Historical Chart of Mankind – A Visual Record Of Man’s Racial, National and Cultural Progress
The original 1937 edition of Dr. Gluckmann’s pioneering visualization of human history.
This is the first edition of Dr. Arnold Gluckmann’s massive chart of human history, complete with its original envelope.
Mark Twain once said, “History never repeats itself, but it does often rhyme,” and nowhere is this made as palpable as in this visualization of humanity’s progress from prehistory until modern times. Being the original 1937 edition (reprints were issued in subsequent decades), this chart was offered as a supplement to the book series Universal World History edited by John Alexander Hammerton.
Gluckman’s idea of building an elongated chart that could contain so much of human history in a parallel development graph was not just innovative but reveals a growing awareness that the euro-centrism of the preceding centuries needed to be replaced with a broader, more global outlook.
The chronology of this elongated chart spans from around 4000 BC at the bottom of the chart until roughly 1925 at the top. Along the edge, we can see that from 1750 forward, we are moving in increments of 25 years and that there is a final increment upon which the year 1950 has been noted. Including that last increment pointing into the future also allows some of the most recent developments at the time to be included at the top of the map. These current events include decisive episodes such as the collapse of the Ottoman Empire and the dissolution of the caliphate in 1924; the abdication of Edward VIII in 1936; Mussolini’s continued attempt to subjugate Ethiopia in the Second Italo-Ehtiopian War (1935-36); the emergence of National-socialism in Germany in 1933; and Mahatma Gandhi’s world-changing concept of Passive Resistance to British colonial rule (1920-24).
To most students of history, it will not be surprising that a chart compiled in the 1930s is laced with ethnocentric bias. That such implicit racism is more evident to us today is somewhat ironic, as the compilers deliberately sought to provide a more balanced (i.e. less racist) view of humanity’s development than was the norm at the time. Thus, we find that certain regions – Asia in particular – are relatively well-represented in Gluckman’s rendition of the human story. The representation of other cultures and peoples than those associated with Judeo-Christian Europe can, for example, be found in the form of small vignettes and inset maps throughout the chart. Nevertheless, despite this endeavor towards more inclusiveness, there can be little doubt that most of what is shaping history in this chart consists of socio-economic, political, and technological advancements that can be laid at the feet of Western Civilization.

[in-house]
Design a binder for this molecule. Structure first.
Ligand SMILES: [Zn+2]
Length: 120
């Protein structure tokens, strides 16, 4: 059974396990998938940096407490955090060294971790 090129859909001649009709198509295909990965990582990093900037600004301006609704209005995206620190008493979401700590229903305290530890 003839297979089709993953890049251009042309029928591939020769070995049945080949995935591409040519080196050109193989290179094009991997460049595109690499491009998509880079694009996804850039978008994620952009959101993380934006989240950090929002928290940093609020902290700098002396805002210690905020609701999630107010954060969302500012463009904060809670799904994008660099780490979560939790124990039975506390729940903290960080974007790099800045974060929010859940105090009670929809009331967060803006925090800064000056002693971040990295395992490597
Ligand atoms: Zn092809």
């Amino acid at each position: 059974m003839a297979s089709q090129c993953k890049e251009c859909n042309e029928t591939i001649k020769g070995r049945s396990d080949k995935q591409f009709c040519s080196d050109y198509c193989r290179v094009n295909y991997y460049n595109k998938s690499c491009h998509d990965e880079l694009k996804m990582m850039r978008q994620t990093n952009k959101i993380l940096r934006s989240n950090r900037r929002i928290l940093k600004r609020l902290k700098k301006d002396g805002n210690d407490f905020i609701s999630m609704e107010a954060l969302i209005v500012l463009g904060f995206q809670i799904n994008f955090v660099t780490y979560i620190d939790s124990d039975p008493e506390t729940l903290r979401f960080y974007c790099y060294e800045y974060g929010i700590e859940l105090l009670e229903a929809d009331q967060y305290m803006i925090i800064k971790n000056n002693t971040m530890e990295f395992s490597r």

The inset maps, in particular, highlight the narrative’s restricted focus. Looking at which empires and entities have merited the insertion of a map, we note that the inclusions hinge on Western notions of historical progression. From the bottom, we find smaller insets denoting the ancient cultures that helped shape our civilization before it even was one. Our roots, in the form of Ancient Egypt, the first Mesopotamian civilizations, and the Assyrian Empire, have all been included below the more directly formative periods in European history, such as Greek civilization, the Hellenism promulgated by Alexander the Great, and of course, the decisive impact of the Roman Empire.
The map insets are not limited to Eurocentric civilizations only, however. Non-European maps include the Asoka Empire in India, the Empire of Genghis Khan, and the Ottoman Empire. Other maps reveal European civilization’s growing global impact from the 16th century forward. A good example is the inset map of North America, as it was subdivided following the Treaty of Utrecht (1713).
One might look at this chart today and think it reflects a bigoted and hegemonic worldview. However, the fact is that the best way to change people’s perception of the present has always been to provide them with a deeper knowledge of the past. History is a toolbox, and the progression towards more balanced historical views on ethnicity, power, and oppression hinges on providing the general public with a broader outlook on history, as has been attempted here. Ultimately, Gluckman and his team created something precious with this chart: a historical symphony, which, even during some of humanity’s darkest hours, sings of better times to come.
This elongated chart was originally published in 1937 as a supplement to the Universal World History book series edited by John Alexander Hammerton. A reprint was issued in 1947 and again in the 1950s.
The OCLC lists at least eight institutional holdings of the original 1937 edition (nos. 6882146; 978084278; 221388633), including copies at the New York Public Library, the Library of Congress, and the Newberry in Chicago. An additional example is held by the David Rumsey Map Collection (List No. 15121.001). When this chart appears on the open market, it is mainly in the form of later reprints.
Comes with the original envelope. Not the 1950s reprint! Minor discoloration, some small corner fold separations, but still solid and no significant loss.
Rumsey 15121.000, BnF ark:/12148/btv1b53195489v.